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What follows will make more sense in you read parts one and two.
'Tis the fall of 1966 and our unsophisticated little inner-city refugee finds himself in a suburban school. He is, to put it mildly, pleasantly surprised.
Being a relatively normal 13-year old hormone saturated male with relatively normal teenage insecurities I had picked up on the fact, within about two seconds, that this sea of strangers I had just been introduced to all seemed to be better coiffed and clothed than I was. Not good.
However, a kid named Ed, whose desk was next to the one I had been assigned to had, without prompting from our nun/teacher, or any other grup for that matter, had appointed himself my guide to all things eighth grade, smart class. There was ample time for information exchange as we were assigned our textbooks (and this years catechism text) and briefed on the policies and procedures of my new school in general, this class in particular.
He was handsome, perfectly coiffed blond, and fit. He wore a bright red, crushed velvet, v-necked pullover shirt with leather laces in the V. I would describe this particular shirt as tacky and pretentious if I saw it today, but hey, it was the sixties. I was a, um, not handsome, slightly portly, product of the working class with a "regular boys haircut" from the Sou-side barber school. You know, the one up the street from Antknees fodder's shoe repair shop. I had a lazy eye. He treated me as though I was as pretty as he was.
Sister whatever her name was (sorry s'ter) sent us outside at midmorning for recess. No carefully engineered for safety, lawyer resistant playground equipment. No equipment at all, just a grass covered field. This was a nicer, and larger, version of the tiny, asphalt coated, no equipment schoolyard I was used to. The only equipment we had, in either case, was our imaginations. Of course, grass stains were preferable to road rash, but mum wouldn't have any grass stains to deal with, well, not from school anyway (I wasn't a total nerd). In either case, when it was too cold, or the schoolyard was covered with snow, we spent recess in the same classroom we were caged in, with the exception of lunchtime, for the rest of the day. No gym, but no obesity epidemic either, go figure...
At this point, Ed introduced me to various fellow classmates, all of whom, every single one of them, had divided into a handful of groups that were standing around talking to each other. Not a single one was playing at something. Several had remained inside. Some were already studying, some were reading novels, some were just talking, as we who liked to get out of the building were. I didn't have to engage in various games that held no interest for me to prove my manhood? I could, instead, just stand around, talking, or participate in a group walk around the block, while talking? This was quite popular for some reason though there were no vaguely sleazy hangouts with pinball machines in the back room to visit, just suburban homes.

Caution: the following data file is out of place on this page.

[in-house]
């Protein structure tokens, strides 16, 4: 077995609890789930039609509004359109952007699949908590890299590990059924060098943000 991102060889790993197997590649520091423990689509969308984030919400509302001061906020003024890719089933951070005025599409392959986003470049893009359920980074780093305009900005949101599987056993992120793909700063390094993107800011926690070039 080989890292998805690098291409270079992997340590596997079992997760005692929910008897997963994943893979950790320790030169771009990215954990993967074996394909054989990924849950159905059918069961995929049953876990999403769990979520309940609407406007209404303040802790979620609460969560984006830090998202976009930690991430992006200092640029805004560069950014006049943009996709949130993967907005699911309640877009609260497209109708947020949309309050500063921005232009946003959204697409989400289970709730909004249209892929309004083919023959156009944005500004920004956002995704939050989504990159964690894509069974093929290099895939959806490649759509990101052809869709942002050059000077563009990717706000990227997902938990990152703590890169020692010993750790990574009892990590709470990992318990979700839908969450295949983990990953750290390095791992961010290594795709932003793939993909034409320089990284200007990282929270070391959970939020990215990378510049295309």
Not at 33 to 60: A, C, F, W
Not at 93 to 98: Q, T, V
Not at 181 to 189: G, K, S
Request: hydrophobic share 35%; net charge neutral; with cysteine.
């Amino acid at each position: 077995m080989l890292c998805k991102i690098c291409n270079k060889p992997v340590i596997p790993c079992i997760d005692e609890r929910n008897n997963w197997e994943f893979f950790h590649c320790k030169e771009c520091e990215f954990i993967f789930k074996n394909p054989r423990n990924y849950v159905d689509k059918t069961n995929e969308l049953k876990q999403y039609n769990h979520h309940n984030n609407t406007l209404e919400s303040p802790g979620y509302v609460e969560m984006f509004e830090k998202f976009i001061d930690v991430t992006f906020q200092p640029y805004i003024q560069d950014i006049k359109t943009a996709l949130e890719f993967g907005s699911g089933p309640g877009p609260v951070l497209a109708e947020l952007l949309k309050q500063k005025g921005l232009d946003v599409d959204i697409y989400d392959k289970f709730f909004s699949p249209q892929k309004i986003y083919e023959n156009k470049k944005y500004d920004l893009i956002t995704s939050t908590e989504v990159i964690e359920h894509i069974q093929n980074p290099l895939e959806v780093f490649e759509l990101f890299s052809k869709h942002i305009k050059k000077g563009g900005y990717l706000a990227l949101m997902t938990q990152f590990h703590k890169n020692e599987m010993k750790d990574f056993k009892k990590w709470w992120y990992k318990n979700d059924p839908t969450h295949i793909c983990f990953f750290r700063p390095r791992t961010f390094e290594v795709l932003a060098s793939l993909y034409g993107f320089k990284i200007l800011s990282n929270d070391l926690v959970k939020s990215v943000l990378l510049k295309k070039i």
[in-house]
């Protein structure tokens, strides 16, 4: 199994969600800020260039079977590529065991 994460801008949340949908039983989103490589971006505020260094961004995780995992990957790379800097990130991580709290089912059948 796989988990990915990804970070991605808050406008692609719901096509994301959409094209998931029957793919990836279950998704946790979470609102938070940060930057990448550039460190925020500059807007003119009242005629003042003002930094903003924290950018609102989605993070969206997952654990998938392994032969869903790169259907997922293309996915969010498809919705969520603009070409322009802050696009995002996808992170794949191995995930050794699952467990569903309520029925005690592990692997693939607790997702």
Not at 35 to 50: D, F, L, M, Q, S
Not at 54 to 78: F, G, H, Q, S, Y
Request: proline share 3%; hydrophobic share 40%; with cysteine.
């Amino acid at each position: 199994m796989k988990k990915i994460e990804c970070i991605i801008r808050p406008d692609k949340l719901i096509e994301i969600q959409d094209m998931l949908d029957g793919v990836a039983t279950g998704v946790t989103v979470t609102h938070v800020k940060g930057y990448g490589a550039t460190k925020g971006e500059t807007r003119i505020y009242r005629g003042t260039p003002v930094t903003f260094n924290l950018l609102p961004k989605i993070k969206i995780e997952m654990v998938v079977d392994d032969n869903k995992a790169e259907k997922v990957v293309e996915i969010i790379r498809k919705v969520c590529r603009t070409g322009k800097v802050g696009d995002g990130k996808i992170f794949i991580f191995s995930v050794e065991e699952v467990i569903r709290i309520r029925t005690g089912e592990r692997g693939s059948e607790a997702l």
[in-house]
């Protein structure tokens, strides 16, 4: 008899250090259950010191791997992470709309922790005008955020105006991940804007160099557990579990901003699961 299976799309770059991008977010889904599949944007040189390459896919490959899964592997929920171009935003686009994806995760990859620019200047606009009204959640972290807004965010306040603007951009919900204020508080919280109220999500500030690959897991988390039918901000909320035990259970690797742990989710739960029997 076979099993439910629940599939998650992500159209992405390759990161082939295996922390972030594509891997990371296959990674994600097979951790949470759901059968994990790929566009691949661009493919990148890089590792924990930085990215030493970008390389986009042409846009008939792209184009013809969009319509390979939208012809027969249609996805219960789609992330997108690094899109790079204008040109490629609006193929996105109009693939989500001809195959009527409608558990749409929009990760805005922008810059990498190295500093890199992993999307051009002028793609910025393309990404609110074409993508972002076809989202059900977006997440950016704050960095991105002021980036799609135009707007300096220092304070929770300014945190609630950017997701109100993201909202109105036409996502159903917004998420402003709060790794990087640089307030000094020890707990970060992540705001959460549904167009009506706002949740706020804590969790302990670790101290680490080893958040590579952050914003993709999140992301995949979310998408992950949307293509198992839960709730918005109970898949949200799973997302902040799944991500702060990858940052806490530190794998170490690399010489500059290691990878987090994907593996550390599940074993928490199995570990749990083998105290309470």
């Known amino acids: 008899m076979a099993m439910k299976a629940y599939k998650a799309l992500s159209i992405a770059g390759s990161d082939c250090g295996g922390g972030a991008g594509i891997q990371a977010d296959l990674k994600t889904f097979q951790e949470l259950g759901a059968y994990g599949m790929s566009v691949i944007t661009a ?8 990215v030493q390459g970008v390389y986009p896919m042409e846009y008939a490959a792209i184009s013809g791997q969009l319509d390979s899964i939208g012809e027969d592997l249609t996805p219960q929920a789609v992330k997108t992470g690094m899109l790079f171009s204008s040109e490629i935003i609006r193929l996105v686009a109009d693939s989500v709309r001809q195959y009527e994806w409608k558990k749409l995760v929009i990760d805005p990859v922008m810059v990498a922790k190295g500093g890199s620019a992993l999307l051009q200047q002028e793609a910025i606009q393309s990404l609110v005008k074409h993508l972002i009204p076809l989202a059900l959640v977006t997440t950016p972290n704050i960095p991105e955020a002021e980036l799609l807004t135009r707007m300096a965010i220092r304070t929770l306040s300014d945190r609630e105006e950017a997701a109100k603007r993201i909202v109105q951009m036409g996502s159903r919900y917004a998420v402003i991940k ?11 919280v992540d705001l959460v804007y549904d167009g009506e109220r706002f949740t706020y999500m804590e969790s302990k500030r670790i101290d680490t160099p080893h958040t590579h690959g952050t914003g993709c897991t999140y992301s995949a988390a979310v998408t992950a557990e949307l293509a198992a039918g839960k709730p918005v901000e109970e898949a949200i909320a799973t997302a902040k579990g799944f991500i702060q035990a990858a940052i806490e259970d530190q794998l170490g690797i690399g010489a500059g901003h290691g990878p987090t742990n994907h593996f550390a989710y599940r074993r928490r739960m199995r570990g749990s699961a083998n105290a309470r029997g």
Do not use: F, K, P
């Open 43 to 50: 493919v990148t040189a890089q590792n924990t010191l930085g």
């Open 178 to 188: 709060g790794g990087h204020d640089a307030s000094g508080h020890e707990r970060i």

What was all the talking about? The war (Vietnam), folk masses, Bob Dylan, the war, was it true that the rock group called the Monkees had been created out of thin air (sacrilege!) just to make money by evil corporate types? the war, hippies, the pill, the civil rights movement, the war, the meaning of the lyrics of the song "Mellow Yellow," the war, the Beetles, who was "going" with whom, singles (99 cents), albums ($2.99), groups (rock artists) and their songs...on and on and on. There was a soft revolution going on and the goal was nothing short of utopia. There was surprisingly little talk about sex, but this was a much more innocent time, at least for young Catholics raised to believe any form of sex outside of marriage was likely to get you sent to hell. Getting pregnant was a disgrace and got you sent to a facility for fallen girls so the world didn't have to deal with you. Divorce was the exception, not the rule. And for some reason, Agatha Christie mystery novels were all the rage in the smart eighth grade and paperbacks were traded like playing cards. And talked about of course.
By a decade or so later, everything had turned to crap. Disco was here, AIDS was just around the corner, and no shortage of pop culture icons were addicted, dead, or debased.
While attempting to build a utopia, with an unrealistic timetable and poorly drawn blueprints, we tipped over the melting pot and set the consensus on fire.
The fire, fueled by hubris, historically unprecedented prosperity, the birth of the information age, mind-expanding drugs, and the manic pace of modern life, science and technology, that continues apace -- didn't destroy the consensus, it reduced it down to it's component parts. We became the culture of unbalanced factions James Madison warned us about.
The USA was carefully crafted to be a democratic republic, a representative form of gubmint, ruled by law -- as opposed to a democracy, a direct form of gubmint, ruled by the majority. This was because it was/is/should be obvious, that in a democracy, well-meaning/not so well-meaning (and no shortage of freaking crazy) people can band together and 51% of the folks can legally decide to behead the other 49%.
Or, decide that free speech is not permitted when a given majority decides that the words of a given minority constitute a microaggression, are politically/morally/intellectually/_______ly incorrect, or even just cause a severe case of the vapors.
Houston, we have a problem.
Have an OK day.
©Mark Mehlmauer 2015
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